Things I love Thursdays is a fun linky party, giving bloggers an excuse to write about something they love. It can be a product review or just a blog post. Link up bloggers!
Today I am reviewing a book I just finished. Why do I love it? Because I appreciate a different perspective on parenting.
The book is called Bringing Up Bebe by Pamela Druckerman. Pamela is an American who wrote this book about raising a baby in Paris. She got the idea for writing the book when living in Paris she noticed how well behaved french babies/toddlers were. Sitting through five course meals, using their manners around the clock, etc. Pamela was inspired to find out the reason for these really great mannerisms.
I am going to give you a inside peek into what you can read about in the book. I’m commenting on what I took away from the book that was either valuable to me as a parent or interesting. That way you can decide whether or not there is something for you in this parenting book!
French children sleep through the night within weeks of being born. What? It’s true! Pamela describes how it’s all about “observing” the baby. Allowing the baby to learn to self soothe. She calls it the “Pause” She claims American researchers write about similar techniques as the French.
All French children are on the same eating schedule. Crazy. Morning. Noon. 4pm and 8pm.
Babies understand language. Start teaching them as newborns the ways of the world. They know what you are saying.
French mothers apply to daycares when they are pregnant. The daycares are subsidized by the state and it is the norm to send your child. Stay at home mothers are not commonly seen in France.
They don’t call it dieting but french woman, on average, lose the baby weight incredibly fast. They claim it’s all about “paying attention”.
A large part of the preschool curriculum (also known as daycares) is to teach proper french and good manners.
Insurance companies pay for reeducation of your perineal (strengthening those loose muscles with more than just Kegels) . They also have something called abdominal reeducation. The state even helps pay for some tummy tucks!!!!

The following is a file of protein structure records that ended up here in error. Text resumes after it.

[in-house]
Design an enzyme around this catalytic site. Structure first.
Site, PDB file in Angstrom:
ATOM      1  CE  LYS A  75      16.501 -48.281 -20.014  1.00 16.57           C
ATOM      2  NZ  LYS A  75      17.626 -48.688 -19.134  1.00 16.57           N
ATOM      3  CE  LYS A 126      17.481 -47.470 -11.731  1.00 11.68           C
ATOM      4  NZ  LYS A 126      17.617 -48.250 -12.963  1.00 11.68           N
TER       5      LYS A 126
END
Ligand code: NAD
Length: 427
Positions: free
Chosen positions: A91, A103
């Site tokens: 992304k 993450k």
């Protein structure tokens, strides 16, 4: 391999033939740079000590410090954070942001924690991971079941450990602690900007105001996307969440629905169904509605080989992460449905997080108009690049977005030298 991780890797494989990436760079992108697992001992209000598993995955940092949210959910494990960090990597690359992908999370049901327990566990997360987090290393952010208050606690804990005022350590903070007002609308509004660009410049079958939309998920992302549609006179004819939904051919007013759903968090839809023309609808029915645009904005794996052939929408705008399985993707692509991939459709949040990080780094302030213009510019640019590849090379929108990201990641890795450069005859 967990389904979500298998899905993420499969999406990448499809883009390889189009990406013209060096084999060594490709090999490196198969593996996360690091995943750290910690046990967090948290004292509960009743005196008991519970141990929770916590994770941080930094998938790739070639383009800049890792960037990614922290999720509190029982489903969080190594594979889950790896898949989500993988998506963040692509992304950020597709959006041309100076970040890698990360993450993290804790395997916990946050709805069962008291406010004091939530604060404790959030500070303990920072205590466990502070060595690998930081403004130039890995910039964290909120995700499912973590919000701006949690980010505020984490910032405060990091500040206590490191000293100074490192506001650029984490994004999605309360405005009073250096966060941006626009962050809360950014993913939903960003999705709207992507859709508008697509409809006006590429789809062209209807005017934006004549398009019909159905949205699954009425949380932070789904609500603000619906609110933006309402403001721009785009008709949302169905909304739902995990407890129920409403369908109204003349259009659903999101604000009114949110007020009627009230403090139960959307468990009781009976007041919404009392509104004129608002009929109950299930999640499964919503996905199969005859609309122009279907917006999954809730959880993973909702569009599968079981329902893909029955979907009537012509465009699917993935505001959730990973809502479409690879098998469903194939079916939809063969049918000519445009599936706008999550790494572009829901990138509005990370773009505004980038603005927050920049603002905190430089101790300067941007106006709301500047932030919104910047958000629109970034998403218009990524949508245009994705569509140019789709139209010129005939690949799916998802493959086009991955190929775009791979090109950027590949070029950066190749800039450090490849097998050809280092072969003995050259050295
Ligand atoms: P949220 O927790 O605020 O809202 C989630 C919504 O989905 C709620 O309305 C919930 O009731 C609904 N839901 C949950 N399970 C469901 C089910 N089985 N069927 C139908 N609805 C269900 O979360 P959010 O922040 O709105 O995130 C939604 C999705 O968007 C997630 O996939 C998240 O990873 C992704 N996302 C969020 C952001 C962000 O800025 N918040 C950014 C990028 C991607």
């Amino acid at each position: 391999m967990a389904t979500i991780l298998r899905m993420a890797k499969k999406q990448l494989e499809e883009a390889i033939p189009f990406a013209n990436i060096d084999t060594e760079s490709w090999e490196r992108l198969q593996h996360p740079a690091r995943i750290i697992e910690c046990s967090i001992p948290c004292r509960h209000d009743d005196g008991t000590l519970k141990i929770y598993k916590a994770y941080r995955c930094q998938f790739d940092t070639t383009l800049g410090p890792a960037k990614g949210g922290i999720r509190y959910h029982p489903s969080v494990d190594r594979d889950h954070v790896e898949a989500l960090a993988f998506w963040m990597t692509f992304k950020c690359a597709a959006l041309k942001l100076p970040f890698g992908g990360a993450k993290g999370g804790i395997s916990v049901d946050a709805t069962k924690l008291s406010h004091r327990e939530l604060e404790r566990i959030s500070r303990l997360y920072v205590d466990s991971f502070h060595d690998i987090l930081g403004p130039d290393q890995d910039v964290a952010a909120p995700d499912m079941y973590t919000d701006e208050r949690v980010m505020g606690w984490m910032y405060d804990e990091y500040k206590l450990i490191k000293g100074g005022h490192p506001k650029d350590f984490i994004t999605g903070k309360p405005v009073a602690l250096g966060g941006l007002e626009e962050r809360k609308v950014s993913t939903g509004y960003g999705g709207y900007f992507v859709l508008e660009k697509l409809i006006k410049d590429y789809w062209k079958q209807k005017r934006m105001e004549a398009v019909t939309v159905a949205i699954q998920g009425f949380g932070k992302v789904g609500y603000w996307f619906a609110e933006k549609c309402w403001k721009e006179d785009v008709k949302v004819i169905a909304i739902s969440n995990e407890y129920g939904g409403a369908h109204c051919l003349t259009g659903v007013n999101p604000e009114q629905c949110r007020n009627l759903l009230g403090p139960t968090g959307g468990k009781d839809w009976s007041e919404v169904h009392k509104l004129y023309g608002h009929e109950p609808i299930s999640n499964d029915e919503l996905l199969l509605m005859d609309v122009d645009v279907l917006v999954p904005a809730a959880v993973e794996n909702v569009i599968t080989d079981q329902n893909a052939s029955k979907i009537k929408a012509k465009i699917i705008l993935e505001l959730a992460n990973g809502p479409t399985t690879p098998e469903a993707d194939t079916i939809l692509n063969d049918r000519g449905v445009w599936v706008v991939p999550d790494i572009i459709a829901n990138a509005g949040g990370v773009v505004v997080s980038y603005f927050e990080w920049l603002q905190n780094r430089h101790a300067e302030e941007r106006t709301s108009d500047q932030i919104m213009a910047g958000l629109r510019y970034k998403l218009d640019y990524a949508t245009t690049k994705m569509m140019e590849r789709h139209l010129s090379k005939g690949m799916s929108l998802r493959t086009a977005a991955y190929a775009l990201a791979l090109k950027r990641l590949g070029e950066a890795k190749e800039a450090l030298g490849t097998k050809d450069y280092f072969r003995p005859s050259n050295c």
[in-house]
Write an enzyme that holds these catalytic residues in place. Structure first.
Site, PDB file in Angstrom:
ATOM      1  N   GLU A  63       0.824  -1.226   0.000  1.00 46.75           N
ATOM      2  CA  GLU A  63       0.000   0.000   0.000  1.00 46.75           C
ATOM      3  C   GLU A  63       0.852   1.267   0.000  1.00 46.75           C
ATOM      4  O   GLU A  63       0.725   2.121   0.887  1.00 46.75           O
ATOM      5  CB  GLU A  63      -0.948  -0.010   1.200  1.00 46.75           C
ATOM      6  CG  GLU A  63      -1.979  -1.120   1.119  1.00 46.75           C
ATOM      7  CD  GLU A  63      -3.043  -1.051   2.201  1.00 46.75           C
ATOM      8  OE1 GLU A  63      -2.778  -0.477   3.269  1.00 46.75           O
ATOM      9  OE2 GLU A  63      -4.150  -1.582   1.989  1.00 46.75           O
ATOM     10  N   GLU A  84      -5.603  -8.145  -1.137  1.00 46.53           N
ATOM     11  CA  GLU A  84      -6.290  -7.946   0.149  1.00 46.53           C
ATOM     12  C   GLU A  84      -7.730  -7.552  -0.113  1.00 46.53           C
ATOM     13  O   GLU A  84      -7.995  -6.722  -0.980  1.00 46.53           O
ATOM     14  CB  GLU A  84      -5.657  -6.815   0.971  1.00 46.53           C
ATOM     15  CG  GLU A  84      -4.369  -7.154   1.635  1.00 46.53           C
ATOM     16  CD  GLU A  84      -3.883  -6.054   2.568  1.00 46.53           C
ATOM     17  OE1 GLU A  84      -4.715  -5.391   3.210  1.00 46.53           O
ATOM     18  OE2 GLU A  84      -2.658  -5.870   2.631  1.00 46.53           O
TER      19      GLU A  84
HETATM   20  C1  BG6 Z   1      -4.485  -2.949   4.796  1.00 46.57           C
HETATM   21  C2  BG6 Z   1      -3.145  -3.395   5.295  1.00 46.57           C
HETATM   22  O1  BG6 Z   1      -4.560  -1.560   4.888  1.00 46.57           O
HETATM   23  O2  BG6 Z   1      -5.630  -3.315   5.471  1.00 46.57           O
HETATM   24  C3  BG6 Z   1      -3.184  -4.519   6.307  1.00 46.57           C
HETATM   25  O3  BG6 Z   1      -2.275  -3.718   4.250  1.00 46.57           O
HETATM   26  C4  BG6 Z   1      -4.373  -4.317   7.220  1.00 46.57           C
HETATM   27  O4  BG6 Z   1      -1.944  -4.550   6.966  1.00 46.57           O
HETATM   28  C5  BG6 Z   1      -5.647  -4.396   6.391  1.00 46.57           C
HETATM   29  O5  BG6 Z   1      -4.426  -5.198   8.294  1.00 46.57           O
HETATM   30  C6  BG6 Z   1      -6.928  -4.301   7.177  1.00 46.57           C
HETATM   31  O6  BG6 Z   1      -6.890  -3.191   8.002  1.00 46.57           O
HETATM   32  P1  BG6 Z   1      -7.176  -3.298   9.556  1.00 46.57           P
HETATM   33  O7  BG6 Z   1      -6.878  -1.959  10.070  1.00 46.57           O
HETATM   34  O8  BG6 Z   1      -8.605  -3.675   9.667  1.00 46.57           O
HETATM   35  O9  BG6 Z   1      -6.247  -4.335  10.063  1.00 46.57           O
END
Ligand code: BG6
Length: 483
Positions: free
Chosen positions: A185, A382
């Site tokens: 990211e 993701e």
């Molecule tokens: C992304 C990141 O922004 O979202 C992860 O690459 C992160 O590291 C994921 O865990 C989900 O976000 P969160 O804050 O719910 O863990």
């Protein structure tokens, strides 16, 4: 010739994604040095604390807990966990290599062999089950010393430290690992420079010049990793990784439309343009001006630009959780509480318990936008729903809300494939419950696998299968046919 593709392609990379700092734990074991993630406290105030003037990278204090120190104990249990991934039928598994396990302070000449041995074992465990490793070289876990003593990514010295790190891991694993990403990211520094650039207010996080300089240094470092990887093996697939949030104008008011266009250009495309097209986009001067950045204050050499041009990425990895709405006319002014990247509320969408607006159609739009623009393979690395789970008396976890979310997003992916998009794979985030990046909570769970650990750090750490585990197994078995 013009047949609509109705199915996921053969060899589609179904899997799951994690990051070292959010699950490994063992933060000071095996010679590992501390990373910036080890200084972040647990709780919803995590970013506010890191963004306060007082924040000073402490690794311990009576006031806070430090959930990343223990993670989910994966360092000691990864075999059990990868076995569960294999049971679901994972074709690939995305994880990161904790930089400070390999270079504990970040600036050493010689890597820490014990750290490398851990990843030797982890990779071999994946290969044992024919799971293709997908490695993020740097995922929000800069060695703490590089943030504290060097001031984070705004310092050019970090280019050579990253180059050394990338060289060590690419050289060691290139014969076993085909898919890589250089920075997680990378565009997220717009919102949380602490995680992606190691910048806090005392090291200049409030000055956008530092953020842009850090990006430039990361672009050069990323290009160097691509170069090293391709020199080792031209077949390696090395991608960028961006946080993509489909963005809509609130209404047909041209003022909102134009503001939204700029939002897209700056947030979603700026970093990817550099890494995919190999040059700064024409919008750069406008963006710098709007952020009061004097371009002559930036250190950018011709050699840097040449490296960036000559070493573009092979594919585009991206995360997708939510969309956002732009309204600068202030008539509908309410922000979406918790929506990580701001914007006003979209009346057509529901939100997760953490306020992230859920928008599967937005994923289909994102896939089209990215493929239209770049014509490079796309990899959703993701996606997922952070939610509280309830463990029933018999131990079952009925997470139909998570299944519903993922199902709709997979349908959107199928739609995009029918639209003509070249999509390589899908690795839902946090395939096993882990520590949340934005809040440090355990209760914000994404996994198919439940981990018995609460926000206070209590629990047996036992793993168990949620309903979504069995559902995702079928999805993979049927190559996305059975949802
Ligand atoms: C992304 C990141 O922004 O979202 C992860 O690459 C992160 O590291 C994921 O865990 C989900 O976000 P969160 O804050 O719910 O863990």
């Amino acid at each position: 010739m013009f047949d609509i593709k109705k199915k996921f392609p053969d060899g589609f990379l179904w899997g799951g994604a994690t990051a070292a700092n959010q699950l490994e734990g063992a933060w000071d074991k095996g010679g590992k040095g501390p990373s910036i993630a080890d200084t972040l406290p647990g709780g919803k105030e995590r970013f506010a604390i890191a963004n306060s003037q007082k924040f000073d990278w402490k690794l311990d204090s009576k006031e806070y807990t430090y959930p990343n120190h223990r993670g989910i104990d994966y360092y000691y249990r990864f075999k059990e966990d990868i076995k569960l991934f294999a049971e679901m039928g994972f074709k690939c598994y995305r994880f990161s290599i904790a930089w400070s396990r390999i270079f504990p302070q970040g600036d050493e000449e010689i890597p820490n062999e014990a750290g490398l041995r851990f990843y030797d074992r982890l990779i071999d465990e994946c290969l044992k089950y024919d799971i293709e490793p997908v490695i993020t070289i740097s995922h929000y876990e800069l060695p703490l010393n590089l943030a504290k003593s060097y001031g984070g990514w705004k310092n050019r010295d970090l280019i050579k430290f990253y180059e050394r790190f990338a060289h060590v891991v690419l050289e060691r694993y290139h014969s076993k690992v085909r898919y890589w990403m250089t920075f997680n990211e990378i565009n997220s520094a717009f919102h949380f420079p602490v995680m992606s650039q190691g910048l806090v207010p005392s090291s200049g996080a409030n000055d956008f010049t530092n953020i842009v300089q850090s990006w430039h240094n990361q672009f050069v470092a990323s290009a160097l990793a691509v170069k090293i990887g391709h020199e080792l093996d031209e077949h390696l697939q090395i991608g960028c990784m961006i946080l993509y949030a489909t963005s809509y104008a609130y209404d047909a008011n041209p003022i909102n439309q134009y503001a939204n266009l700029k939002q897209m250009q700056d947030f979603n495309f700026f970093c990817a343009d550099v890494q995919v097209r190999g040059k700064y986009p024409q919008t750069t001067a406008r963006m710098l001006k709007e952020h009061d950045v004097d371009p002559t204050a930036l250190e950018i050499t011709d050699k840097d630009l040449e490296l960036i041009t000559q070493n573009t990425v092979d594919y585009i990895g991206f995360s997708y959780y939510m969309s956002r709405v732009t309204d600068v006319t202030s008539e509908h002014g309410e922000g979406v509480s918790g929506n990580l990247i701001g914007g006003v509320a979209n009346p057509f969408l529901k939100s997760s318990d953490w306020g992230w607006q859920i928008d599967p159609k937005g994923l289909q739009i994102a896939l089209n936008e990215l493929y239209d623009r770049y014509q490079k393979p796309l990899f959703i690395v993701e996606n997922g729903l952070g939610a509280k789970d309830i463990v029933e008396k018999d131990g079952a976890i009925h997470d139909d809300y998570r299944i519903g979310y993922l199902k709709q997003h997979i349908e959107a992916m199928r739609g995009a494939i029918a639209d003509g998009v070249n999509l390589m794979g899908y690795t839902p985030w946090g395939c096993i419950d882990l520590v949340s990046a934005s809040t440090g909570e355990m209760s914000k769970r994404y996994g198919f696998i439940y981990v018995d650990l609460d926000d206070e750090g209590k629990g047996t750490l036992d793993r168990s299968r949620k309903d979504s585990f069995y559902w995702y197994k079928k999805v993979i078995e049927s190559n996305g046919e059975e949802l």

There’s a entire chapter that talks about the importance of the relationship between the husband and the wife. I loved this chapter. I agree, in twenty years, Dave and I will be alone again when the girls have moved away. It’s important that we keep strengthening our relationship in the meantime…
The author talks about how she serves her kids their meals in courses. This is genius! She gives them fruit to eat while making their breakfast and they start with a vegetable before lunch and dinner. She says they eat more of their healthy foods this way. I am going to try this!
One of the last chapters was on discipline. Basically, the difference between authritative and authoritatian is described. She talks about the difficulties finding the balance between being the boss and also listening to a child and respecting him. In france, parents tell their children “it’s me who decides” “It’s about setting limits but also about observing your child, building complicity and then adapting to what the sitaution requires.”
Finally, there was a discussion about how children are taught to be independent at a very young age. That parents don’t overly praise their children for fear that they will start to do things only so that they can have the praise. Interesting.
I liked the book. It was well worth my time reading it. I am left with a few ideas on things to try in my own parenting and I am left confused about a few things. Check out the book, Bringing Up Bebe and find out more about the author, Pamela Druckerman here.
Photo: Dave and I in Paris in 2007